The Changeling of Fenlen Forest blog tour

The Changeling of Fenlen Forest by Katherine Magyarody


Elizabeth thinks she knows the gloomy Fenlen Forest. But when her treasured unicorn fawn, Sida, goes missing, Elizabeth tracks her into a strange land where the people think Elizabeth is a changeling, a malignant being who too closely resembles a missing girl. If Elizabeth can find her fawn and uncover the fate of her lost double, can she stop the fear from turning into hate? To solve the deepening mystery, Elizabeth befriends a handsome, skeptical young shepherd whose stories hint at a dark secret lurking at the forest’s edge, and follows a herd of wild unicorns with the ability to unlock the past.

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Giveaway Details:
• Two (2) winners will receive a physical copy of Changeling of Fenlen Forest by Katherine Magyarody (INT) a Rafflecopter giveaway


Katherine Magyarody grew up in Toronto, Ontario. During graduate school, she researched the history of adolescence, taught children’s literature, and wrote fiction on the sly. Her debut short story, “Goldhawk,” is anthologized in PEN America Best Debut Short Stories 2017. She currently lives in Connecticut, where she blogs about interesting and weird unicorns at Website | Twitter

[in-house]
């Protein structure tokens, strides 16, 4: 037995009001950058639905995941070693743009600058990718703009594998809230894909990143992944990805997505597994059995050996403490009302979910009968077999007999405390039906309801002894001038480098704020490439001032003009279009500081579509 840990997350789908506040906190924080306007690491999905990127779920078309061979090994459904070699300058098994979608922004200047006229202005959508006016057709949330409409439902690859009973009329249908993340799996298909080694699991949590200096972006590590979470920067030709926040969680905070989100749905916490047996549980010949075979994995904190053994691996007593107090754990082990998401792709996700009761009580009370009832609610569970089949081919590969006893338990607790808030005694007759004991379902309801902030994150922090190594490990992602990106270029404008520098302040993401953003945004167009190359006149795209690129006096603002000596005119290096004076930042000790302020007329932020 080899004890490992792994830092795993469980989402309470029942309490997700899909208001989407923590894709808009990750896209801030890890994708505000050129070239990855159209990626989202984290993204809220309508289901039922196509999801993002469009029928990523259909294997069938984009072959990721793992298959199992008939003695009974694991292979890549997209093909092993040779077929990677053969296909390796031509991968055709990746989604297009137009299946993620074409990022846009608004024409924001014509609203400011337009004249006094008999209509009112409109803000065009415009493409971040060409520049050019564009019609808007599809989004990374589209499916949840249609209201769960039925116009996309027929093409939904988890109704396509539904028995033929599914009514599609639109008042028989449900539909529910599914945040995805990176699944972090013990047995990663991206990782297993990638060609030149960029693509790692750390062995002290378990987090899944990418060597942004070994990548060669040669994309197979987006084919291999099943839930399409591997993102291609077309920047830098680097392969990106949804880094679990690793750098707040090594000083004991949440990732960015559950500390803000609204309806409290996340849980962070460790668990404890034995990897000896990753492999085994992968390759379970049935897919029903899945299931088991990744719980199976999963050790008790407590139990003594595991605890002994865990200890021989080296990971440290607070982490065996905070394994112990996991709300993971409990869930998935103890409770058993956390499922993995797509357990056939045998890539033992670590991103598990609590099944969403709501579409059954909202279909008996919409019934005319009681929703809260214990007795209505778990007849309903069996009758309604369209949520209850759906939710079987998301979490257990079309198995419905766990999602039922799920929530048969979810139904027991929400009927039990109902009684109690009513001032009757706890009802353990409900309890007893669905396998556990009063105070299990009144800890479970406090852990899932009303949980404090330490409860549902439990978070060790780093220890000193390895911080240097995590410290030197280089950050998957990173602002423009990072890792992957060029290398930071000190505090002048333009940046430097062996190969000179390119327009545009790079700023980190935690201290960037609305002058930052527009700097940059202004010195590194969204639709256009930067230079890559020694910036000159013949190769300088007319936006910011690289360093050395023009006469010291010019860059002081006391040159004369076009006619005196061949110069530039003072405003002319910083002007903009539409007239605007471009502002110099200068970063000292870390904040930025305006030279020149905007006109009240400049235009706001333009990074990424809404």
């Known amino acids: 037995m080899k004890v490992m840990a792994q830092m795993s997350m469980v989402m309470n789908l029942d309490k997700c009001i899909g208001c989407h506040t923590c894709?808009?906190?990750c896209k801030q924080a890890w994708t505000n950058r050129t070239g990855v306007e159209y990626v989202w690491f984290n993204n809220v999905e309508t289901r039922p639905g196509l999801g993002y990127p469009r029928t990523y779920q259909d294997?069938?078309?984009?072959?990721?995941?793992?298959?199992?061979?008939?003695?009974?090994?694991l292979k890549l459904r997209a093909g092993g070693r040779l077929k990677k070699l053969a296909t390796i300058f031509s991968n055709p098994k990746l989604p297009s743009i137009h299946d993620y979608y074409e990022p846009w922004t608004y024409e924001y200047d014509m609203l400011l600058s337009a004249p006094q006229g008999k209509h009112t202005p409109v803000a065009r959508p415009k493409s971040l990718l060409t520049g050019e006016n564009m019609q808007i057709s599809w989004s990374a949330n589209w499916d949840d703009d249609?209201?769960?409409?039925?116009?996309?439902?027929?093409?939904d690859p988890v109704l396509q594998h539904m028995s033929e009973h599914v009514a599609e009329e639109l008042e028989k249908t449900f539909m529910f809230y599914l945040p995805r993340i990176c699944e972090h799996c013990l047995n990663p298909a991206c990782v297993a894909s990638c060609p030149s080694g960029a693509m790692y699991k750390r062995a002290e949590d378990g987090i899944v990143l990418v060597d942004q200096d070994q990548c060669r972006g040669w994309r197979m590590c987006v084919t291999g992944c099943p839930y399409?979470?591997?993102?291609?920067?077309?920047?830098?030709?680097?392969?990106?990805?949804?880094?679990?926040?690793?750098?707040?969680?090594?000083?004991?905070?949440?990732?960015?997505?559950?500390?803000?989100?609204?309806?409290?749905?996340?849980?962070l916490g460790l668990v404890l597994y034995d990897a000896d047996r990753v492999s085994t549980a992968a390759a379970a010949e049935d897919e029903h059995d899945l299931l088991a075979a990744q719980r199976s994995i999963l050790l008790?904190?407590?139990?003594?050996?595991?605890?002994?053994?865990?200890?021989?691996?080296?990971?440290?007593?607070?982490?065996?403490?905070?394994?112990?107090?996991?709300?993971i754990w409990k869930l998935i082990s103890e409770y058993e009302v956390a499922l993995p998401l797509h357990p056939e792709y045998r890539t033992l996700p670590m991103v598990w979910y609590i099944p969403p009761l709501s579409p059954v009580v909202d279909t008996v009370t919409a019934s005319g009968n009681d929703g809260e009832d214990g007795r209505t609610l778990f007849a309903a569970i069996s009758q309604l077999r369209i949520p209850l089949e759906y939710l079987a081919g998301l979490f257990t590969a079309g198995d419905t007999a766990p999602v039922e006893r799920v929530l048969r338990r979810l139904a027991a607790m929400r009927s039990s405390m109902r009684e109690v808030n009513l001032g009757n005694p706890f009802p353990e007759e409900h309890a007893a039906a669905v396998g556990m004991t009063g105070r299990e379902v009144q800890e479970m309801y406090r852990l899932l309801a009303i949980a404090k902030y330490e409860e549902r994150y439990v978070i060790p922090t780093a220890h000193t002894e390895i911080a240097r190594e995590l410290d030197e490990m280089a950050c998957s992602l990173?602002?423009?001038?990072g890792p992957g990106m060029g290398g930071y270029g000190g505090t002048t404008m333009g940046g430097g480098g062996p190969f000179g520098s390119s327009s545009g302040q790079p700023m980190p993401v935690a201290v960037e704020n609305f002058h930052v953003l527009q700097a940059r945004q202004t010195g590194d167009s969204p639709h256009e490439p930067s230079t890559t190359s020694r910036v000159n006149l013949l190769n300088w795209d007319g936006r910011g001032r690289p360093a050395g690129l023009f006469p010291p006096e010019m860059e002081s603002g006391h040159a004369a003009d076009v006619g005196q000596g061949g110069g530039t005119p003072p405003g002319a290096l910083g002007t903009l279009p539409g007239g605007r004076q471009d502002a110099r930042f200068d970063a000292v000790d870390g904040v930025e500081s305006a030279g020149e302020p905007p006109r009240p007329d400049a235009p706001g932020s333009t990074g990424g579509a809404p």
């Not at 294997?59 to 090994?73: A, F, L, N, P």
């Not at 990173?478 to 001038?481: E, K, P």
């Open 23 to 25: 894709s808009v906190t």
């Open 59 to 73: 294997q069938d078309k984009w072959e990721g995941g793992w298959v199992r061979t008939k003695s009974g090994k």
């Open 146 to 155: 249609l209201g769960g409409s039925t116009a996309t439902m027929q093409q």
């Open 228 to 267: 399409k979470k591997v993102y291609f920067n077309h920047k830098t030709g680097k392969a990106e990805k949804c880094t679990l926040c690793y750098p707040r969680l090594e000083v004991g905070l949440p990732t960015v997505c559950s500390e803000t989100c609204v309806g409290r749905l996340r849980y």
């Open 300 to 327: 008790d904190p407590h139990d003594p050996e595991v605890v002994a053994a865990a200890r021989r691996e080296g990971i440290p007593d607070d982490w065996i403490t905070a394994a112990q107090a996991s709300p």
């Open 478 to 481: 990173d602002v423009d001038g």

Guest post from the author

Unicorns and Doppelgangers: The world of The Changeling of Fenlen Forest

The unicorn charging across the cover of The Changeling of Fenlen Forest clearly signals “fantasy,” but this book provides something new, something different from a usual princesses-and-swords set-up. Elizabeth and Sida, the heroine and her unicorn, have only their brains and their friendship to protect the people – and creatures – they love.

Building the world of The Changeling of Fenlen Forest came from two desires: one was to write about unicorns, and the other was to decenter fantasy from high politics. I love reading about kick-ass princesses and the toppling of empires, but what happens to all the other people? What does Fantasyland look like for someone living at the margins?  In The Changeling of Fenlen Forest, Elizabeth gets the chance to join the world of aristocrats and noblemen, but she chooses to stay at the edge of the Fenlen Forest. Elizabeth believes that the forest – and the unicorns who live there – have value beyond the rules of human society. This made me rethink how to build a world for the unicorns.

I wanted to create unicorns that smelled, felt, and acted like real animals. Even if they were supernatural, I didn’t want the unicorns to be anthropomorphic – that is, I didn’t want them to think, feel, or behave like humans. I researched the life cycles of deer and horses. I had to know unicorn-horn biology, unicorn herd dynamics, different things that could go wrong when unicorns gave birth. The unicorns also needed a place to live.